LMTAS

Toshiba created a radiation-shielded selfie stick to investigate the melted Fukushima reactor

At the end of the day, it's a camera on a stick.
At the end of the day, it’s a camera on a stick. (AP Photo/Koji Sasahara)

The latest innovation from Japan to investigate the melted core of the Fukushima #1 reactor is a camera on a really long telescoping stick—which should be vaguely familiar to anyone who has recently visited a tourist hotspot.

To further investigate the extent of the 2011 nuclear disaster which followed an earthquake and tsunami, Toshiba created the 13 meter (43 ft) device to thread a camera into a containment vessel. Officials hope it will reveal information about damage caused by melted fuel. Presently the extent of that damage is for the most part unknown.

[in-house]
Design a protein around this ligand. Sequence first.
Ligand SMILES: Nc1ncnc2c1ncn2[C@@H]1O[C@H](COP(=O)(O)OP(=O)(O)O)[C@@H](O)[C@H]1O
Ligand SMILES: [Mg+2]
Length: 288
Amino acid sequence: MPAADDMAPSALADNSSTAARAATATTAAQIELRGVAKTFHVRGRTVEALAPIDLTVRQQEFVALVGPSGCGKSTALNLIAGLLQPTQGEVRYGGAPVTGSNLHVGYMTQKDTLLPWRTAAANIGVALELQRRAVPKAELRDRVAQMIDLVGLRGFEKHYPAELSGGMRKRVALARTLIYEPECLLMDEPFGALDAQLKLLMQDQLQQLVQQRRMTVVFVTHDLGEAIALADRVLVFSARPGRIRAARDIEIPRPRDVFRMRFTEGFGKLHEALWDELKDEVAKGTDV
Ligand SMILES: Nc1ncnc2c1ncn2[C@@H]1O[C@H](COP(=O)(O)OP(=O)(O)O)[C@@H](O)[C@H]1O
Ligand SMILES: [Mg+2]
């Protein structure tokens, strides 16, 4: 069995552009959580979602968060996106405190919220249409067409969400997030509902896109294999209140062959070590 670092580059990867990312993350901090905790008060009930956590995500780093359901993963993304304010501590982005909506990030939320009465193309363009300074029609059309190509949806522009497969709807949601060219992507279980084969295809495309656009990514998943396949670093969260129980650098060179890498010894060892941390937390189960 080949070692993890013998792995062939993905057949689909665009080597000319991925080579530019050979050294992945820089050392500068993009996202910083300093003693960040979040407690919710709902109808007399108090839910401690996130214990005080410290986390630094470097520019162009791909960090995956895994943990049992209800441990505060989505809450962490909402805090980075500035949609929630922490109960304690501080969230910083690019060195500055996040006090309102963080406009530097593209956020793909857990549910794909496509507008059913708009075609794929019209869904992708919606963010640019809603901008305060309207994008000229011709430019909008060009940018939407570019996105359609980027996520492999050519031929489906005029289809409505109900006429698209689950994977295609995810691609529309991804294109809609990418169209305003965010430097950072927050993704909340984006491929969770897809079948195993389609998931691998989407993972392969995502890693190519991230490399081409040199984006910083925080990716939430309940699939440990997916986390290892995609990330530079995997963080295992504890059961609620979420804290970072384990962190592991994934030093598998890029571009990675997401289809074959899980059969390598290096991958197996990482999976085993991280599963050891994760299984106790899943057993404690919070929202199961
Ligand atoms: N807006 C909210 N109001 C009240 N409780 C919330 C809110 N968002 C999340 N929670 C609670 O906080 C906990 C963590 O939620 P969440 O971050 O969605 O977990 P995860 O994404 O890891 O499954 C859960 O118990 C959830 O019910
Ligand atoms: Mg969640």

The apparatus carries a camera on the end, making it effectively the same as a selfie stick, but it’s also designed to withstand high levels of nuclear radiation.

Prior attempts to survey the damage have destroyed many robots. The areas under study have radiation levels of 250-650 sieverts an hour, enough to incapacitate and kill a human in under a minute.

The full clean-up and demolition of the damaged facility is expected to take at least three decades.

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